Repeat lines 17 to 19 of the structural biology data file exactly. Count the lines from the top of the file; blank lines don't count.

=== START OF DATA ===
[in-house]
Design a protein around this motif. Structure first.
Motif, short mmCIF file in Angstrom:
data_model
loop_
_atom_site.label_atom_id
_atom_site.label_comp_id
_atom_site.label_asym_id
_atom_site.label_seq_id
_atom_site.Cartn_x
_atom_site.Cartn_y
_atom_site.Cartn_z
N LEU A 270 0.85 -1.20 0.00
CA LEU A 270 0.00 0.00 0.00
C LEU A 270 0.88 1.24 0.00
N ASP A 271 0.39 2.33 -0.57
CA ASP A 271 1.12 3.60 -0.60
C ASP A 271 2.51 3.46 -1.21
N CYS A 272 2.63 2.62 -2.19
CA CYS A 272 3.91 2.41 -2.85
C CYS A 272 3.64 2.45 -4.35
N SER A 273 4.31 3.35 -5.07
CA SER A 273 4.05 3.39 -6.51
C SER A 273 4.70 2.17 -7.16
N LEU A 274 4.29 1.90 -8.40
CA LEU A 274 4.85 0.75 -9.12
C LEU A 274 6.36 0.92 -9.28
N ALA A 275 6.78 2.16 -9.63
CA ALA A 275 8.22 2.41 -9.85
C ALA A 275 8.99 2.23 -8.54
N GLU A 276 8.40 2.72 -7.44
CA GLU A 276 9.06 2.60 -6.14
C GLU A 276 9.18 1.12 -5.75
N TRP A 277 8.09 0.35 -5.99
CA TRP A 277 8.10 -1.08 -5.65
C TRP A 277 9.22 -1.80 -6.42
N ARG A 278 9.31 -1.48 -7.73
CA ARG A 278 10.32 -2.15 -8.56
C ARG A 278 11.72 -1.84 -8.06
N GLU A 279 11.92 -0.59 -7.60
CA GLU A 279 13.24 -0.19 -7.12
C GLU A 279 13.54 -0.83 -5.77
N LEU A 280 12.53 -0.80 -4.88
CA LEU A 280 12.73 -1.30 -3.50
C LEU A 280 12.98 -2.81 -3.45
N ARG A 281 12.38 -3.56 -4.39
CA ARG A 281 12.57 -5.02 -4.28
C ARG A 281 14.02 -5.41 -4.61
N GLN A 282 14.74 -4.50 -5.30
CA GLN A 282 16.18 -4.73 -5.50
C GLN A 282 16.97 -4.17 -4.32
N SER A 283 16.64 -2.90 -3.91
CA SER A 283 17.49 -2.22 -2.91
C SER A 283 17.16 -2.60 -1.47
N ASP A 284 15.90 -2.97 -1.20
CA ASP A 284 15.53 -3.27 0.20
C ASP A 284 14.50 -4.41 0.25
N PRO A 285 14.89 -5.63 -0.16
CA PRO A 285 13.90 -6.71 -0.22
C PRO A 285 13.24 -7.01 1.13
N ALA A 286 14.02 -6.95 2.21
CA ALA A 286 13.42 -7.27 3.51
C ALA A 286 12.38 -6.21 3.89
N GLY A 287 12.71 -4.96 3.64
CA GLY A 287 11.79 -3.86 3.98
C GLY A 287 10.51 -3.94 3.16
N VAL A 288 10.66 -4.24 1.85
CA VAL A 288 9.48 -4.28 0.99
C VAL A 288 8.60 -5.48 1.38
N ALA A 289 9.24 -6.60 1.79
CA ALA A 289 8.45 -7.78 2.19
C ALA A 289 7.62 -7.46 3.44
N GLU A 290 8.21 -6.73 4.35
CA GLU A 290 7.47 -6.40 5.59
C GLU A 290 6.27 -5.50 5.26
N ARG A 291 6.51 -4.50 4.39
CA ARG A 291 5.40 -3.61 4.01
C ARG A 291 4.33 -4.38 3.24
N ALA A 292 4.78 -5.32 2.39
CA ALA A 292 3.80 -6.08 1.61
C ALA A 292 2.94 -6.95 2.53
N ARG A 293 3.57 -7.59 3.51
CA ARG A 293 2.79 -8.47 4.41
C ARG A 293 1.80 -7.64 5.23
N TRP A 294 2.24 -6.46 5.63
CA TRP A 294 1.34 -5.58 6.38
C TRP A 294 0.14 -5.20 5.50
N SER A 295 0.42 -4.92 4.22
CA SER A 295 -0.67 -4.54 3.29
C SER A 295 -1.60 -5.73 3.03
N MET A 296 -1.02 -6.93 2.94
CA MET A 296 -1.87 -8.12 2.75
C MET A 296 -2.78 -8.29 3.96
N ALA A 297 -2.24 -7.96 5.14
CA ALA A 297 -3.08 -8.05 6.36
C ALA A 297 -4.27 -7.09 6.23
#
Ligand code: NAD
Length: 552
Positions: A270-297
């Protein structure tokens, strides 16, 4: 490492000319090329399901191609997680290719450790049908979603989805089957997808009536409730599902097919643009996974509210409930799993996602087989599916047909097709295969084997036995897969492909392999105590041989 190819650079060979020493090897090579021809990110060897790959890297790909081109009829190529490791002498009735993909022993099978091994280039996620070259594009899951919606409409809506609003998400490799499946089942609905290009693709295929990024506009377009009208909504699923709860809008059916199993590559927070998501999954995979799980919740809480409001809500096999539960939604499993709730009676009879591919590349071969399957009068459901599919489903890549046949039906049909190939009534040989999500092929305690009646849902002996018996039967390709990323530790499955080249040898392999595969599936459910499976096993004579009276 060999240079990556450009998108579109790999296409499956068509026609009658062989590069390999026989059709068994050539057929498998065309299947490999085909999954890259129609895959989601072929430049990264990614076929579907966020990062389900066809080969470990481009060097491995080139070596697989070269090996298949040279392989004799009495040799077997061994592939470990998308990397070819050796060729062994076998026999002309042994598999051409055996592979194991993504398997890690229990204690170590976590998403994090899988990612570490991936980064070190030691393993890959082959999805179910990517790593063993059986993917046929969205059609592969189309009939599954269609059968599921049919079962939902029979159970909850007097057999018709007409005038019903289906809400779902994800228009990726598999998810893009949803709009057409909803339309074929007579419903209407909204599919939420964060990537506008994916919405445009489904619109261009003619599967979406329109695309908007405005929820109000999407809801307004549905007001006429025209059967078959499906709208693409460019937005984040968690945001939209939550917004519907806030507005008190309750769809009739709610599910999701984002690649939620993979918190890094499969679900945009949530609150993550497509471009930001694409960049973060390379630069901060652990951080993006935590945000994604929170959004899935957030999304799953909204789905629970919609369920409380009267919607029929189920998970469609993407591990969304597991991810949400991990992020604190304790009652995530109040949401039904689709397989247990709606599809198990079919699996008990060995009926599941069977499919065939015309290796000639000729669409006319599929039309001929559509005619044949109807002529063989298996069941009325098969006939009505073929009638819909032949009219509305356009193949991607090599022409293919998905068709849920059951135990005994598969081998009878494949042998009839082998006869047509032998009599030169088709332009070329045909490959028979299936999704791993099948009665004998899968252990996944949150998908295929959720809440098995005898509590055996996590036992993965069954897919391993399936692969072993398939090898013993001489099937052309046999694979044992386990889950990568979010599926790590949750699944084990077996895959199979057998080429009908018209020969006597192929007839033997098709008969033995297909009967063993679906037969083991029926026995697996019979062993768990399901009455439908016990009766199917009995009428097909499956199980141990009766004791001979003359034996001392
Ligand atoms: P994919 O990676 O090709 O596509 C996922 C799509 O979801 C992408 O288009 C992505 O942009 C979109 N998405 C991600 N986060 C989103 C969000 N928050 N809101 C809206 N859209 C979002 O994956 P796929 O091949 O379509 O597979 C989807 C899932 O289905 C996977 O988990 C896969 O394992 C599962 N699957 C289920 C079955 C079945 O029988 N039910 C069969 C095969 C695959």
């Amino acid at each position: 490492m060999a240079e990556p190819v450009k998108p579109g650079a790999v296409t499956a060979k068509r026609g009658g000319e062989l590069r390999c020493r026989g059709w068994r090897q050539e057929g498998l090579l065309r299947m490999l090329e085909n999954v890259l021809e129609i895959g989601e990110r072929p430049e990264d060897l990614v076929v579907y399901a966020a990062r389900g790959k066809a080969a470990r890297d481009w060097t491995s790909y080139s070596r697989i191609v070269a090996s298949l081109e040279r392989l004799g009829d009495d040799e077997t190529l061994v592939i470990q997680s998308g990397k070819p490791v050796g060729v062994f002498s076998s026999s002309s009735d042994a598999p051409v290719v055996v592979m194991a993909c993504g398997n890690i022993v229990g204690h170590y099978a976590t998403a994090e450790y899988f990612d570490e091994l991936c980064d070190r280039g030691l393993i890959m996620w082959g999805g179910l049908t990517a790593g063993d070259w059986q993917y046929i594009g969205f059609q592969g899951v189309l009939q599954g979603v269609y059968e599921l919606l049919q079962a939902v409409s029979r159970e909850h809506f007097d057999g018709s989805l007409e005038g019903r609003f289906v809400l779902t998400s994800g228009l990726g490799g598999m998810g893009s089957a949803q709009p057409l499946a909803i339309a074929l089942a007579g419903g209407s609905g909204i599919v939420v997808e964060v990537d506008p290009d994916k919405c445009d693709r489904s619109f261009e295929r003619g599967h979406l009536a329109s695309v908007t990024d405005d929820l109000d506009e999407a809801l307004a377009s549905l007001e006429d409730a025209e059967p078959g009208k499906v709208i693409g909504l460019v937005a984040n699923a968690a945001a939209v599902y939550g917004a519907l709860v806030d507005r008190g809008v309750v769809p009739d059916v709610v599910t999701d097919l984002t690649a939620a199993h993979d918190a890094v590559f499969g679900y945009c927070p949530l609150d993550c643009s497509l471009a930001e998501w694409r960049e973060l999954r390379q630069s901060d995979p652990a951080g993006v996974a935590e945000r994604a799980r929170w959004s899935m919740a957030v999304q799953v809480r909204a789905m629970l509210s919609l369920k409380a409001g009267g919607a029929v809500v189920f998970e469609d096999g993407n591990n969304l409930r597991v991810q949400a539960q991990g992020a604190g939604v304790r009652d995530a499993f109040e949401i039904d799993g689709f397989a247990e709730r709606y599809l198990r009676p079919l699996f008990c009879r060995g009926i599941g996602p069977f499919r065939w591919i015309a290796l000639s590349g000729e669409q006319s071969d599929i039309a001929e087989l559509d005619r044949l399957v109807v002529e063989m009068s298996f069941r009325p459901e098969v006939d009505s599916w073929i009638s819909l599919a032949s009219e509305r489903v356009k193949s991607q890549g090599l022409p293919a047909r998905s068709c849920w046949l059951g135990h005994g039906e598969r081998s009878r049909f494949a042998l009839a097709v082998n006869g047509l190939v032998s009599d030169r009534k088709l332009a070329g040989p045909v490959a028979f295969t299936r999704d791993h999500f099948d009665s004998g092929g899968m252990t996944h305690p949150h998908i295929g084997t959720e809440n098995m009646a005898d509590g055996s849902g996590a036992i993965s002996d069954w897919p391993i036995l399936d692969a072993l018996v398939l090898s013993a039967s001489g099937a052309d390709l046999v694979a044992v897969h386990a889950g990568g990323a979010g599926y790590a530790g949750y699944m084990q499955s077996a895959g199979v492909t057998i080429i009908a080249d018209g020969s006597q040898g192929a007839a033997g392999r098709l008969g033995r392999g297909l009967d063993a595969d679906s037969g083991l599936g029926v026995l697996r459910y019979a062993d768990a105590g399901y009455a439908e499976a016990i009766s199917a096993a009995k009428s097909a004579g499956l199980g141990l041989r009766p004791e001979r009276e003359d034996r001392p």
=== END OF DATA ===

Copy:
CA ASP A 271 1.12 3.60 -0.60
C ASP A 271 2.51 3.46 -1.21
N CYS A 272 2.63 2.62 -2.19